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Don't you insult her like that!

Read an interesting article in Rotor & Wing comparing this to the Sikorski X2. They mentioned that the X3 may not be able to handle crosswinds as well as a "traditional" compound helo design due to the fuselage blanking out one of the nacelles. Since the props provide the anti-torque in a hover, any null areas caused would significantly reduce performance. I have no idea if it is true or how the X3 performs with a crosswind, I just thought it was interesting.

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Don't you insult her like that!

Read an interesting article in Rotor & Wing comparing this to the Sikorski X2. They mentioned that the X3 may not be able to handle crosswinds as well as a "traditional" compound helo design due to the fuselage blanking out one of the nacelles. Since the props provide the anti-torque in a hover, any null areas caused would significantly reduce performance. I have no idea if it is true or how the X3 performs with a crosswind, I just thought it was interesting.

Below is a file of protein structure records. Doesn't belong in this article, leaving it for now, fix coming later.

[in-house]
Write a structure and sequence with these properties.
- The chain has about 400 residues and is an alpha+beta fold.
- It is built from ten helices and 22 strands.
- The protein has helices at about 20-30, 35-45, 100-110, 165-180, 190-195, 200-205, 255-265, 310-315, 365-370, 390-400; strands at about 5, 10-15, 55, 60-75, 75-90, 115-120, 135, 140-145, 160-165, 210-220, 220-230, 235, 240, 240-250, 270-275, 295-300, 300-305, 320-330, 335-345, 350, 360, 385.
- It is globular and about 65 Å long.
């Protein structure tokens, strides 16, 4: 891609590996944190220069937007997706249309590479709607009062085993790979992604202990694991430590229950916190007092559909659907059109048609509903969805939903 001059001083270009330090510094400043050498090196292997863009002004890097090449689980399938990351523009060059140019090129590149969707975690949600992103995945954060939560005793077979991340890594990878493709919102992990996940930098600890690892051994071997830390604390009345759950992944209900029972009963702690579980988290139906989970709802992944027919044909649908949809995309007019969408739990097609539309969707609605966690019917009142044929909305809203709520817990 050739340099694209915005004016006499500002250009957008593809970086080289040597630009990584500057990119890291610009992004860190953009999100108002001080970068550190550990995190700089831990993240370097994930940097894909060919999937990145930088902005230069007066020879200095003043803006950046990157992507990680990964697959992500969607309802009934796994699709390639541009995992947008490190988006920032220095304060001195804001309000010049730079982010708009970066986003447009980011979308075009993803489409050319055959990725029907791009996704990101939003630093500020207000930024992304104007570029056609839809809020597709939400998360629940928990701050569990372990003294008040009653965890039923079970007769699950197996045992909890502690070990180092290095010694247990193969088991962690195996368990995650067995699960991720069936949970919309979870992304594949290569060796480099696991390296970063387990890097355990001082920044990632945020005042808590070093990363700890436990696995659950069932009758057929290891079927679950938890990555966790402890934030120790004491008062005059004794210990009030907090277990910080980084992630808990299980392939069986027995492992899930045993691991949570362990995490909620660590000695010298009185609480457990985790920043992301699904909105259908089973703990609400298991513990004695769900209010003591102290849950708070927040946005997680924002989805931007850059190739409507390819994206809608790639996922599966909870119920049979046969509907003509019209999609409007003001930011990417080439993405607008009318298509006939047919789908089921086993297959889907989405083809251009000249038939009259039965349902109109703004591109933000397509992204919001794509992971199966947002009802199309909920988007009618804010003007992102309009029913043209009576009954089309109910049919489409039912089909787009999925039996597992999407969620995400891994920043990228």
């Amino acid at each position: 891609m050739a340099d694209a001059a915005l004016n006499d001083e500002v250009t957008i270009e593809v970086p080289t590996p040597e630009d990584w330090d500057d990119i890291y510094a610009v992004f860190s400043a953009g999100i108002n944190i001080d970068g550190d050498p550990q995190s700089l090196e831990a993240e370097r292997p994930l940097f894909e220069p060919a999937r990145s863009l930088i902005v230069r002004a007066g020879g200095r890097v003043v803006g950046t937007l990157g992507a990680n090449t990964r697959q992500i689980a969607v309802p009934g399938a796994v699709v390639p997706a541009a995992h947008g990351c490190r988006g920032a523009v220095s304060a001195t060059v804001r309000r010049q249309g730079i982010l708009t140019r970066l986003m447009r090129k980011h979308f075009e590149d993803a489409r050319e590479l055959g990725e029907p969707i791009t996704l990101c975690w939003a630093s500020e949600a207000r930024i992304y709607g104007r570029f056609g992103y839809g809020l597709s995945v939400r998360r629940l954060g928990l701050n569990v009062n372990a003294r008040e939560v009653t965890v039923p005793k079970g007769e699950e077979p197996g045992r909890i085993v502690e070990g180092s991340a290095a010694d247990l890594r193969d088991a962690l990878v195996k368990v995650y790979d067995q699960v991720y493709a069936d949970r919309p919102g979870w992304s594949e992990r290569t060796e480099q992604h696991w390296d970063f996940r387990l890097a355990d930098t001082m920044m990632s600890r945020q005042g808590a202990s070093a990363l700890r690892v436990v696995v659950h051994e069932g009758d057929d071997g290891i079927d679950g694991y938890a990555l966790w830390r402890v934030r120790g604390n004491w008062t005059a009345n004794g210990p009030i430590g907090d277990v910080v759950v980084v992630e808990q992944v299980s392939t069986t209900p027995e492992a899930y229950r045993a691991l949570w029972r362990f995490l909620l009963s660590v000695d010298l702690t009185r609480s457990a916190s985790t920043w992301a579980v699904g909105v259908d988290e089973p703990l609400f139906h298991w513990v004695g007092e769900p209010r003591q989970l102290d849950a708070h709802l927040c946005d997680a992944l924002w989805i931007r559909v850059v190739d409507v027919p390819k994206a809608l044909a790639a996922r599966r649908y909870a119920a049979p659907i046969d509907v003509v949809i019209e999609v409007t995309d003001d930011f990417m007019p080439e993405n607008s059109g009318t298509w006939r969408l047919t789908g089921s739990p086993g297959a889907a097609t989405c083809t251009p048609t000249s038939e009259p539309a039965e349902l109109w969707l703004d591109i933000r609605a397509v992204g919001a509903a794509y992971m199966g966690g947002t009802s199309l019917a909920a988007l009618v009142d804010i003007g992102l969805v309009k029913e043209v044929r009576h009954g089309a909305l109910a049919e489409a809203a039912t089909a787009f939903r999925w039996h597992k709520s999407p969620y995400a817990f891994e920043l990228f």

Didn't we already have one? Albeit a few years ago, maybe when Rainman and M2 were still wet behind the ears Lts?

http://en.wikipedia.org/wiki/Lockheed_AH-56_Cheyenne

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Skimmed the article and didn't see any reference...what is the propagation delay for the signal from aircraft to satellite to ground station?